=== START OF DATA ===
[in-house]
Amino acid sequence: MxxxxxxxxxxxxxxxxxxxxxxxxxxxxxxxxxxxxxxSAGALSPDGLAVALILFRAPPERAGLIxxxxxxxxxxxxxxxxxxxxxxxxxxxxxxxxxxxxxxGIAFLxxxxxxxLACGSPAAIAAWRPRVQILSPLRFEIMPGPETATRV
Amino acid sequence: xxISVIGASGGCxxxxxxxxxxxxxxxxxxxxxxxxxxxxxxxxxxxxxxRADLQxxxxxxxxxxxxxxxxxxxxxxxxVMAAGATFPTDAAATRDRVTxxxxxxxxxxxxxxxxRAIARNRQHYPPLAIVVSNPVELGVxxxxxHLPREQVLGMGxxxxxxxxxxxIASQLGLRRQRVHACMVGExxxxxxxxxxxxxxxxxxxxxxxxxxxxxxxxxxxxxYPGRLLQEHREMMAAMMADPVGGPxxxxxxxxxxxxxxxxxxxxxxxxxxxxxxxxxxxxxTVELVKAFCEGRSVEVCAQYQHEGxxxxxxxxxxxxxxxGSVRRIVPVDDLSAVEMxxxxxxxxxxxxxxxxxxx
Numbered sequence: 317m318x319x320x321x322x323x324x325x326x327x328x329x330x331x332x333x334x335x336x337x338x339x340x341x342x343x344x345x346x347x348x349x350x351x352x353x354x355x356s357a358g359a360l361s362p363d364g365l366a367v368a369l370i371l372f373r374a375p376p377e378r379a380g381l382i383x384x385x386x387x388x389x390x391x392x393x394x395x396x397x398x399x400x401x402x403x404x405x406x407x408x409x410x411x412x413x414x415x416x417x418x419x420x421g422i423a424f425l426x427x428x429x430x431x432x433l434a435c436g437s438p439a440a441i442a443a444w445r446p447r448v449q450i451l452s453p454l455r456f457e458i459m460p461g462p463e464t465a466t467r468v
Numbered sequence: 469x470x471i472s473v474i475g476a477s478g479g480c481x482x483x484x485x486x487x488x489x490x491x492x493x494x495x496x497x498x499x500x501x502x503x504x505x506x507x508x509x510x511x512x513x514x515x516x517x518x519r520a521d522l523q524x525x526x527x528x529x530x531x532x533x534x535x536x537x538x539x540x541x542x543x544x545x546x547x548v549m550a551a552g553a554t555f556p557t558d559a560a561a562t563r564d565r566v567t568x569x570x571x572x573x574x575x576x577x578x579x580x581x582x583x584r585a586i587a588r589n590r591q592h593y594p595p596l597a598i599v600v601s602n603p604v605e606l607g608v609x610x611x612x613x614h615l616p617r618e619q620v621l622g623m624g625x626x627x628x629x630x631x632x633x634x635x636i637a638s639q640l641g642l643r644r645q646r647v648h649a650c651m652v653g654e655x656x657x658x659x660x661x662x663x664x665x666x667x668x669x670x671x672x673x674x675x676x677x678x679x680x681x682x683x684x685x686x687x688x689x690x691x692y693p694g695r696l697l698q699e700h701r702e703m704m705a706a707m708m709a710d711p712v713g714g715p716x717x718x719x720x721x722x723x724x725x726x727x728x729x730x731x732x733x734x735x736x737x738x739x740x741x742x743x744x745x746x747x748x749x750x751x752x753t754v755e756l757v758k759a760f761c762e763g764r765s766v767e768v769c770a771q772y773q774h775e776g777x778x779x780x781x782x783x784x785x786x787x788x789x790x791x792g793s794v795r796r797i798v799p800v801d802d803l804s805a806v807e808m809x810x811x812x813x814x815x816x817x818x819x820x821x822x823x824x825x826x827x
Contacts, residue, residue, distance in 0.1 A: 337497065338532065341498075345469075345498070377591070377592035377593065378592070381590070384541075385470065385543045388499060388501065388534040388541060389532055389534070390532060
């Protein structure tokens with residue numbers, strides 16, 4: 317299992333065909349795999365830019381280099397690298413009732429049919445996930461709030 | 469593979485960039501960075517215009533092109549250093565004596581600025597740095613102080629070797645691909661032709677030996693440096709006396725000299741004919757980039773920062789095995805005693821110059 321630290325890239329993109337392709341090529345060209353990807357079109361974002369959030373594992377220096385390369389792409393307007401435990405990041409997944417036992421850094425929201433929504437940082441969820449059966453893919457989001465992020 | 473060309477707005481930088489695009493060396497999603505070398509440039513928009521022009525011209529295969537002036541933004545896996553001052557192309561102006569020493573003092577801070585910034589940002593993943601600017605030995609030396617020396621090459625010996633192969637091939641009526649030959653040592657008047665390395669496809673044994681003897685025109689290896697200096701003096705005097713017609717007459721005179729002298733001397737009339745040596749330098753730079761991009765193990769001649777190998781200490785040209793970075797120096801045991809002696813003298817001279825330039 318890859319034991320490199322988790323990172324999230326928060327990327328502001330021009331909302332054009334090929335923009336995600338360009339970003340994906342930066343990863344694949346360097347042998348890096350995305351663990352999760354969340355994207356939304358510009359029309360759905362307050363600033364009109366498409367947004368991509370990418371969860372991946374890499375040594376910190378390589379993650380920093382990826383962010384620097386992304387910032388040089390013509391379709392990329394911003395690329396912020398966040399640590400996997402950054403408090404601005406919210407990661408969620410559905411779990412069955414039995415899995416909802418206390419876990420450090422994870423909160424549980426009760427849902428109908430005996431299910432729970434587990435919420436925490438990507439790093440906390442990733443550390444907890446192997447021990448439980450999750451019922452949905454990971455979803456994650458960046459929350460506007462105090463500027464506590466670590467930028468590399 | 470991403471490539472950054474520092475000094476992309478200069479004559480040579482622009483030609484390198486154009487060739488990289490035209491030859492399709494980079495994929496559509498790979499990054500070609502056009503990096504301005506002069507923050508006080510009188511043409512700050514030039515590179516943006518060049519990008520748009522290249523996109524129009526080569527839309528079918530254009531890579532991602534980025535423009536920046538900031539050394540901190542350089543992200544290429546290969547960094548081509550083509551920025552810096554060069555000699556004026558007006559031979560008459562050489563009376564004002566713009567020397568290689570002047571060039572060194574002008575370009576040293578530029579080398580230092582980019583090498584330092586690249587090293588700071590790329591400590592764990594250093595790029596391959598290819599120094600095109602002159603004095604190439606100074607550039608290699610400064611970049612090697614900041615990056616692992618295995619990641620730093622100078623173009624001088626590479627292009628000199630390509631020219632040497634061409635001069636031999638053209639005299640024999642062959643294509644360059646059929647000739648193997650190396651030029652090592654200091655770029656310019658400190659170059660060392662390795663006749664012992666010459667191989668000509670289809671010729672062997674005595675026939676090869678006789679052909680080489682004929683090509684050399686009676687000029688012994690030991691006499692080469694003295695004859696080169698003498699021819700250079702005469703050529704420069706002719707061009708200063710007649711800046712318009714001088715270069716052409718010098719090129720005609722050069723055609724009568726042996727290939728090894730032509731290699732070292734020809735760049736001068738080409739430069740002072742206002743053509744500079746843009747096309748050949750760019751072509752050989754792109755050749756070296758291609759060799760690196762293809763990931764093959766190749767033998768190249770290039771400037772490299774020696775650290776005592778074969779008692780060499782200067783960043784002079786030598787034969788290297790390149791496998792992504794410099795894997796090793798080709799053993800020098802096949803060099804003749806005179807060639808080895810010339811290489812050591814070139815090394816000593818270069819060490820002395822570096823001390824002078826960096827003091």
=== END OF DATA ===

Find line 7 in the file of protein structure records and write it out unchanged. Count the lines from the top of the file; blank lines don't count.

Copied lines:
């Protein structure tokens with residue numbers, strides 16, 4: 317299992333065909349795999365830019381280099397690298413009732429049919445996930461709030 | 469593979485960039501960075517215009533092109549250093565004596581600025597740095613102080629070797645691909661032709677030996693440096709006396725000299741004919757980039773920062789095995805005693821110059 321630290325890239329993109337392709341090529345060209353990807357079109361974002369959030373594992377220096385390369389792409393307007401435990405990041409997944417036992421850094425929201433929504437940082441969820449059966453893919457989001465992020 | 473060309477707005481930088489695009493060396497999603505070398509440039513928009521022009525011209529295969537002036541933004545896996553001052557192309561102006569020493573003092577801070585910034589940002593993943601600017605030995609030396617020396621090459625010996633192969637091939641009526649030959653040592657008047665390395669496809673044994681003897685025109689290896697200096701003096705005097713017609717007459721005179729002298733001397737009339745040596749330098753730079761991009765193990769001649777190998781200490785040209793970075797120096801045991809002696813003298817001279825330039 318890859319034991320490199322988790323990172324999230326928060327990327328502001330021009331909302332054009334090929335923009336995600338360009339970003340994906342930066343990863344694949346360097347042998348890096350995305351663990352999760354969340355994207356939304358510009359029309360759905362307050363600033364009109366498409367947004368991509370990418371969860372991946374890499375040594376910190378390589379993650380920093382990826383962010384620097386992304387910032388040089390013509391379709392990329394911003395690329396912020398966040399640590400996997402950054403408090404601005406919210407990661408969620410559905411779990412069955414039995415899995416909802418206390419876990420450090422994870423909160424549980426009760427849902428109908430005996431299910432729970434587990435919420436925490438990507439790093440906390442990733443550390444907890446192997447021990448439980450999750451019922452949905454990971455979803456994650458960046459929350460506007462105090463500027464506590466670590467930028468590399 | 470991403471490539472950054474520092475000094476992309478200069479004559480040579482622009483030609484390198486154009487060739488990289490035209491030859492399709494980079495994929496559509498790979499990054500070609502056009503990096504301005506002069507923050508006080510009188511043409512700050514030039515590179516943006518060049519990008520748009522290249523996109524129009526080569527839309528079918530254009531890579532991602534980025535423009536920046538900031539050394540901190542350089543992200544290429546290969547960094548081509550083509551920025552810096554060069555000699556004026558007006559031979560008459562050489563009376564004002566713009567020397568290689570002047571060039572060194574002008575370009576040293578530029579080398580230092582980019583090498584330092586690249587090293588700071590790329591400590592764990594250093595790029596391959598290819599120094600095109602002159603004095604190439606100074607550039608290699610400064611970049612090697614900041615990056616692992618295995619990641620730093622100078623173009624001088626590479627292009628000199630390509631020219632040497634061409635001069636031999638053209639005299640024999642062959643294509644360059646059929647000739648193997650190396651030029652090592654200091655770029656310019658400190659170059660060392662390795663006749664012992666010459667191989668000509670289809671010729672062997674005595675026939676090869678006789679052909680080489682004929683090509684050399686009676687000029688012994690030991691006499692080469694003295695004859696080169698003498699021819700250079702005469703050529704420069706002719707061009708200063710007649711800046712318009714001088715270069716052409718010098719090129720005609722050069723055609724009568726042996727290939728090894730032509731290699732070292734020809735760049736001068738080409739430069740002072742206002743053509744500079746843009747096309748050949750760019751072509752050989754792109755050749756070296758291609759060799760690196762293809763990931764093959766190749767033998768190249770290039771400037772490299774020696775650290776005592778074969779008692780060499782200067783960043784002079786030598787034969788290297790390149791496998792992504794410099795894997796090793798080709799053993800020098802096949803060099804003749806005179807060639808080895810010339811290489812050591814070139815090394816000593818270069819060490820002395822570096823001390824002078826960096827003091």